For this exhibition, we only present works that are black. Naturally, the initial visual impression made by the works is influenced by their silhouette. These shapes are created using various artistic techniques: From minimalistic prints to photography, collages, sculptures, and installations.
But not all blacks are created equally. The materials used result in a variety of surfaces, influencing how deeply one can look into a work. Florian Pumhösl’s meticulous reverse glass paintings Vervielfältigung von Bild No. 27 and 29 (engl.: replication of image no. 27 and 29) is a perfect example of this, as is the pigment painting untitled by Günter Umberg.
For me, a completely different aspect of the works is important, too: The context, the artist’s intention, the story that lies behind the work.
The large paperwork by Emily Jacir (From Paris to Riyadh (Drawings for my mother) Juin/Juillet 1990) is based on a magazine that she brought from Paris to her mother in Riyadh. Page for page, she covered up the skin of the portrayed models with India ink, in compliance with the moral laws there. Wade Guyton’s cross X sculpture was originally meant to direct the viewer’s gaze to a particular point in the landscape. In the context of an exhibition space, it is the agitated surface of the work itself that draws one in, not least of all by its color. Completely different aspects of the work emerge here.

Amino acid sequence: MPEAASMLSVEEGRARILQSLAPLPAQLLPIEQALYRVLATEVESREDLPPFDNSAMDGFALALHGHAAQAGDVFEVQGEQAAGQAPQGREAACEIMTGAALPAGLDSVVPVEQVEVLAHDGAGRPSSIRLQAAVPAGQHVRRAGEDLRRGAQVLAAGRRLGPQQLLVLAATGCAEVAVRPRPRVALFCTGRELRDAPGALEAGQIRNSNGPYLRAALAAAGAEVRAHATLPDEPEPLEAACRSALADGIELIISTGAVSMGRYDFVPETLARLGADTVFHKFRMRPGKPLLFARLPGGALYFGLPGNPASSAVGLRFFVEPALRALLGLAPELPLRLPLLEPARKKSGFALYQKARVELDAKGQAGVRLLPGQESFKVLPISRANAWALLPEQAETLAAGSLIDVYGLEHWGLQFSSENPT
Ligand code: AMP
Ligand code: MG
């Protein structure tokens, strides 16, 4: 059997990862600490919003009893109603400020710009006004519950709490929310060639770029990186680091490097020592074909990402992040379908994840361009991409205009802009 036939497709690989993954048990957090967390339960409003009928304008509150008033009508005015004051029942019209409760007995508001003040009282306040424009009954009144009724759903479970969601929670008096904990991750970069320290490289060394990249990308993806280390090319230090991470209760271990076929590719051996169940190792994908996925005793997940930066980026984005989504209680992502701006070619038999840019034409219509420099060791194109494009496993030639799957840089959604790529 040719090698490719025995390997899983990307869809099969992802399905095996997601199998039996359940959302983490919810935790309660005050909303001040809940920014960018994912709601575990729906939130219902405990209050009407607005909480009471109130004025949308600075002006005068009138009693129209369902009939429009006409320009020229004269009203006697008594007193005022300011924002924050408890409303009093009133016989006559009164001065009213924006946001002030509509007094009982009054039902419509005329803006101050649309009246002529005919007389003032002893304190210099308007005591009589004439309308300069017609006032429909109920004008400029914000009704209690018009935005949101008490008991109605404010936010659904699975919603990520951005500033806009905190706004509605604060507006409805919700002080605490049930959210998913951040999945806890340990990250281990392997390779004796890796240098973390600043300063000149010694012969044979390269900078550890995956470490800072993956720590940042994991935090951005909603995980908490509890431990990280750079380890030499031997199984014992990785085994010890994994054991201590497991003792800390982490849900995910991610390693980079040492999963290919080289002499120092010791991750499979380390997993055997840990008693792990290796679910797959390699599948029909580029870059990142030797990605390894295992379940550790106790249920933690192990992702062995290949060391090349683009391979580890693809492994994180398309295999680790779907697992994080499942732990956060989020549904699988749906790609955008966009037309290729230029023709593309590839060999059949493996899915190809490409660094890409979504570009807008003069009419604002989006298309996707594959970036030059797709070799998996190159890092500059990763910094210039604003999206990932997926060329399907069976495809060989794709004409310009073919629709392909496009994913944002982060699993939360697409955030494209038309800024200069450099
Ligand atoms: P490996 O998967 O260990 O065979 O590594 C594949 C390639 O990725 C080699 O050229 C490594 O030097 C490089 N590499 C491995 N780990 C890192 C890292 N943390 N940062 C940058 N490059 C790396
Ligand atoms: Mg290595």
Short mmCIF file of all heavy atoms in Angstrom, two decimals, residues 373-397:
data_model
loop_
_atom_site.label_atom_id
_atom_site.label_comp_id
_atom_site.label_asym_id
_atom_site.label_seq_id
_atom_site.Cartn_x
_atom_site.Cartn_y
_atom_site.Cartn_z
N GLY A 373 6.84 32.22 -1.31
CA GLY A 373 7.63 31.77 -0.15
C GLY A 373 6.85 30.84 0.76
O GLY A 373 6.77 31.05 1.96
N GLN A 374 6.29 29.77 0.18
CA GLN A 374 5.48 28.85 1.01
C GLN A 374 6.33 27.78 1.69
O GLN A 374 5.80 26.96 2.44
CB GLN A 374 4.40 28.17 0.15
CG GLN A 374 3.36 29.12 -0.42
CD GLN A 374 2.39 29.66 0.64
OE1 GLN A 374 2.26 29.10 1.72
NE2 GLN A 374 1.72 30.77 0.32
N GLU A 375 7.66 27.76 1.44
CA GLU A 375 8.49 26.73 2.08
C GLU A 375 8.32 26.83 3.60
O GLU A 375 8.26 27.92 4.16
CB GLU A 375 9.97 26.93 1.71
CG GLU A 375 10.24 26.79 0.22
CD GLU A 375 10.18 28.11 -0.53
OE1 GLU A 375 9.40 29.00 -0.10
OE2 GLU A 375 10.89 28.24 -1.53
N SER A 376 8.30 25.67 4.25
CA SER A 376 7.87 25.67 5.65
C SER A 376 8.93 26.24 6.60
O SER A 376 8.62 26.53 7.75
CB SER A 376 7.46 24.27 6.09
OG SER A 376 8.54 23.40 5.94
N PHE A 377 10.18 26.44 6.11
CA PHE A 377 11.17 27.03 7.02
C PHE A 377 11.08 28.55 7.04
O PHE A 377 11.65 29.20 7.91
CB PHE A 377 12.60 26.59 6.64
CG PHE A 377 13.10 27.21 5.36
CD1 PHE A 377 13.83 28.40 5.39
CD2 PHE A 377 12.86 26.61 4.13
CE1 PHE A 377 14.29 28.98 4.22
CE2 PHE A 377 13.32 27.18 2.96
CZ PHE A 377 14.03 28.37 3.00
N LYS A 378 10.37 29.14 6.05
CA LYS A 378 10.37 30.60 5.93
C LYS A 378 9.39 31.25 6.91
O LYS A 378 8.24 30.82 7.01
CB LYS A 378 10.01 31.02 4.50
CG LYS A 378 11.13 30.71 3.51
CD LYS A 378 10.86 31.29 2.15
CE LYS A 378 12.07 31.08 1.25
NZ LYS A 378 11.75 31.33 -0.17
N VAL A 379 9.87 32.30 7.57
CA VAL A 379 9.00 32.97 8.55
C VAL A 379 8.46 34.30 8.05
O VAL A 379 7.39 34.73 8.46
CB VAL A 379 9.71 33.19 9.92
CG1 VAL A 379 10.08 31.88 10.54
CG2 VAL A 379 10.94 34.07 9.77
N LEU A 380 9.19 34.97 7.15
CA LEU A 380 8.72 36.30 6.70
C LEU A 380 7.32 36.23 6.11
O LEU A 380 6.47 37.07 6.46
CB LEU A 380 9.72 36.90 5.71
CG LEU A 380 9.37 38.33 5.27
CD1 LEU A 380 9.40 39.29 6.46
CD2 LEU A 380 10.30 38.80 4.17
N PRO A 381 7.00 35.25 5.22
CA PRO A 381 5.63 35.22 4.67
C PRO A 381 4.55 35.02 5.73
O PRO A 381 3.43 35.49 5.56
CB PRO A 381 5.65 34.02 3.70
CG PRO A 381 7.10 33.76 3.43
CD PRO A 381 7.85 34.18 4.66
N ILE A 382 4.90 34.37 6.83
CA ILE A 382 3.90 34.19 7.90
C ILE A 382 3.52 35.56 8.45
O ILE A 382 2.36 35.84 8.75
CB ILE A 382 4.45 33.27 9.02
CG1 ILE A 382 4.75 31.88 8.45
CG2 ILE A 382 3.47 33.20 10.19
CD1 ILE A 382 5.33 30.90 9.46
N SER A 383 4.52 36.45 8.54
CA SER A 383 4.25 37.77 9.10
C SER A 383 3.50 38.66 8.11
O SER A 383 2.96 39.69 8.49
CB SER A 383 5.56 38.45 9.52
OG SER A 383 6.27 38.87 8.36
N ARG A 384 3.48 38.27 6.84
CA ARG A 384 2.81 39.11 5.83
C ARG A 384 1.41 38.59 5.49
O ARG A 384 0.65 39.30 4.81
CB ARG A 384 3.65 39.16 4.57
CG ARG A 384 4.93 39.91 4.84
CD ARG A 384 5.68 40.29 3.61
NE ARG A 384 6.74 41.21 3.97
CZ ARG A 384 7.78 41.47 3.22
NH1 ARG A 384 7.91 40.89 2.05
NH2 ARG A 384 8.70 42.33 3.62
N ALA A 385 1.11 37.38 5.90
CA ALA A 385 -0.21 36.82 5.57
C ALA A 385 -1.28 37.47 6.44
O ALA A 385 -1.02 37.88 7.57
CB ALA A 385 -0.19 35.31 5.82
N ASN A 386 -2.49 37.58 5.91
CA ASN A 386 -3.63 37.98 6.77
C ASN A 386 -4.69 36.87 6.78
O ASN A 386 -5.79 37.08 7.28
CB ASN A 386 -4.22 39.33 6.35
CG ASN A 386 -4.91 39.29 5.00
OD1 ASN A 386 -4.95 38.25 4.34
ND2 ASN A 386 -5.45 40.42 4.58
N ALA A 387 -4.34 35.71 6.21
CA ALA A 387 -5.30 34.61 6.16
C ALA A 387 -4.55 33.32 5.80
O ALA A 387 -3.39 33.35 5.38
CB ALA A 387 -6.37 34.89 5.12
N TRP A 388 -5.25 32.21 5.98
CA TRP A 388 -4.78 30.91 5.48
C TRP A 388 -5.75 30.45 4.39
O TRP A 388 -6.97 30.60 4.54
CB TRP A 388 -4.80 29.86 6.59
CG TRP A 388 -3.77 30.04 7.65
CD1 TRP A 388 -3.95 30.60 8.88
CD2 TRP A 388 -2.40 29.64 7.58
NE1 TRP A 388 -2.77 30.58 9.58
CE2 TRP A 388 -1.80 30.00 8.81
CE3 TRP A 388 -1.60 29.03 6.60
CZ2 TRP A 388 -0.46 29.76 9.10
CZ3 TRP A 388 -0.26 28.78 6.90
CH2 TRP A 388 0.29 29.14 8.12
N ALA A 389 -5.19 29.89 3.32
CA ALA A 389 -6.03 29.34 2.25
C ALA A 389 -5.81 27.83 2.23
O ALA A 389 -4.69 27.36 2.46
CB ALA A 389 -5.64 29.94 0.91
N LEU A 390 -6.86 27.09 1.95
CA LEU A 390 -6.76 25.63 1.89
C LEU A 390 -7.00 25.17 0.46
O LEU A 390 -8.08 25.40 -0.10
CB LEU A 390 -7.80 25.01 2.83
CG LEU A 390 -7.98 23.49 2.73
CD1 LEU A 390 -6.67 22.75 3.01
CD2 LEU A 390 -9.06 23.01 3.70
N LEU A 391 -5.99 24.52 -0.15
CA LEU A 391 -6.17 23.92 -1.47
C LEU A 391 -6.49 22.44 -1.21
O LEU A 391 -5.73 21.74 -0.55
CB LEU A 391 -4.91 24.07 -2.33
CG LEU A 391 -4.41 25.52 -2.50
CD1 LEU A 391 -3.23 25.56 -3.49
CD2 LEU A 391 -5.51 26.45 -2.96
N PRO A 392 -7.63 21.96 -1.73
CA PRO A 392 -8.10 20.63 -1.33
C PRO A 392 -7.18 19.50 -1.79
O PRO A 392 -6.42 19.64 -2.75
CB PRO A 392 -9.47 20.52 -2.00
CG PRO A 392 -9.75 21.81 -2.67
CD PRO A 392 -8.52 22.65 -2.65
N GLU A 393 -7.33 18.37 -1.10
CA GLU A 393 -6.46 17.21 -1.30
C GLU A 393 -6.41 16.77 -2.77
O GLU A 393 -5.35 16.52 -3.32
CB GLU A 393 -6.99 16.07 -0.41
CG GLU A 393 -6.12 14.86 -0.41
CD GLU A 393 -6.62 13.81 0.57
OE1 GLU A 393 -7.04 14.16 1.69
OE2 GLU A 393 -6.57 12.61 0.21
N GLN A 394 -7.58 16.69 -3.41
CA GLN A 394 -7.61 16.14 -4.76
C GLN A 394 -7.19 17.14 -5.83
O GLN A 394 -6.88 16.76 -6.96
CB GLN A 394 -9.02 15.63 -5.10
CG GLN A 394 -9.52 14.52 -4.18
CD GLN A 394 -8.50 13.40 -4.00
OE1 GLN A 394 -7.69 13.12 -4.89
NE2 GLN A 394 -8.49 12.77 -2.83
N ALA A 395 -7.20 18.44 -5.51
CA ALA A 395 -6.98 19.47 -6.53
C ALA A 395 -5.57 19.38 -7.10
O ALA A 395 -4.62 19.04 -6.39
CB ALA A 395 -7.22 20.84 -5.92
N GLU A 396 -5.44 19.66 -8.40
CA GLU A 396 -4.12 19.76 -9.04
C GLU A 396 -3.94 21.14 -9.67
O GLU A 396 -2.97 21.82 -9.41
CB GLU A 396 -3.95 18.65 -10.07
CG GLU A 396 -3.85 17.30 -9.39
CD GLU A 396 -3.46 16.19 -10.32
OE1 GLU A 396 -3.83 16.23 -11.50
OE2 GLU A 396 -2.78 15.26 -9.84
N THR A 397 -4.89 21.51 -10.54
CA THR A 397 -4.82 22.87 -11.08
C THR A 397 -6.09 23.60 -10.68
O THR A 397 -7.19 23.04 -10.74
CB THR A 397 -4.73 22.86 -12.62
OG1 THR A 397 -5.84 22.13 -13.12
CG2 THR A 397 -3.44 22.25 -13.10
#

The deflated clay Balloon is a portrait that Rodney McMillian created while Michael Jackson was still alive. The height of the pedestal corresponds to that of the pop star, while the form and the texture of the head, which disintegrates over time, speaks for itself.
Martin Boyce took a design icon of the twentieth century – a Jacobsen Chair – and brutally destroyed it. Then, using metal rails that Charles Eames used to build his storage devices, Boyce endowed it with a new delicate balance. His Mobile (For 1056 endless hights) is a clear reference to Alexander Calder, bringing the destroyed chair into the classical context of the fine arts.
For Everybody wants a piece of Dracula, Daragh Reeves cut up a VHS copy of the famous Dracula film starring Bela Lugosi according to the lengths of the original film edits. The result is an installation in which the blood runs down the wall, figuratively speaking. The strips of videotape move with a ghostly flutter whenever the door opens.
List of works
Phantom limb (Sister), 2003
Mobile (For 1056 endless hights), 2002
Put down III, 2003
Acria #8, 2003
Acria #12, 2003
Acria #17, 2003
Acria #19, 2003
Acria #24, 2003
Acria #25, 2003
X sculpture, 2005
From Paris to Riyadh (Drawings for my mother) Juin/Juillet 1990, 1999–2001
untitled (From the series The clampetts), 2010
Vervielfältigung von Bild No. 27, 2009
Vervielfältigung von Bild No. 29, 2009
Aushang #1, 2007
Aushang #2, 2007
Everybody wants a piece of Dracula, 2003